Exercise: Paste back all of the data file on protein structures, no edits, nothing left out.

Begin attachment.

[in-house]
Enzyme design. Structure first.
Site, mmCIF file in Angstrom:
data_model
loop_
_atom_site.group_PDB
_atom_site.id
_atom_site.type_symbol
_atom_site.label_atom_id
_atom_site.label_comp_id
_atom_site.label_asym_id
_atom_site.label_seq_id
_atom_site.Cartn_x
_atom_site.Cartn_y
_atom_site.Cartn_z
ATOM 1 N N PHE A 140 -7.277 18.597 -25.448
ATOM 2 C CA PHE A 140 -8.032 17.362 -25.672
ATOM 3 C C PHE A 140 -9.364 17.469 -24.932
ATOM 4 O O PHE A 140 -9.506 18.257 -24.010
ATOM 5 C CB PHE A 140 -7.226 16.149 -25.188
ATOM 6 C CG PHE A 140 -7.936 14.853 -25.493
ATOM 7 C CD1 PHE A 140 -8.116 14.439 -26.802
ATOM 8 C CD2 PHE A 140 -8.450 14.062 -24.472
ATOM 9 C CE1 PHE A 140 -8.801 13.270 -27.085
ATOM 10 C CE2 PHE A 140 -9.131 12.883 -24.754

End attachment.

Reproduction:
[in-house]
Enzyme design. Structure first.
Site, mmCIF file in Angstrom:
data_model
loop_
_atom_site.group_PDB
_atom_site.id
_atom_site.type_symbol
_atom_site.label_atom_id
_atom_site.label_comp_id
_atom_site.label_asym_id
_atom_site.label_seq_id
_atom_site.Cartn_x
_atom_site.Cartn_y
_atom_site.Cartn_z
ATOM 1 N N PHE A 140 -7.277 18.597 -25.448
ATOM 2 C CA PHE A 140 -8.032 17.362 -25.672
ATOM 3 C C PHE A 140 -9.364 17.469 -24.932
ATOM 4 O O PHE A 140 -9.506 18.257 -24.010
ATOM 5 C CB PHE A 140 -7.226 16.149 -25.188
ATOM 6 C CG PHE A 140 -7.936 14.853 -25.493
ATOM 7 C CD1 PHE A 140 -8.116 14.439 -26.802
ATOM 8 C CD2 PHE A 140 -8.450 14.062 -24.472
ATOM 9 C CE1 PHE A 140 -8.801 13.270 -27.085
ATOM 10 C CE2 PHE A 140 -9.131 12.883 -24.754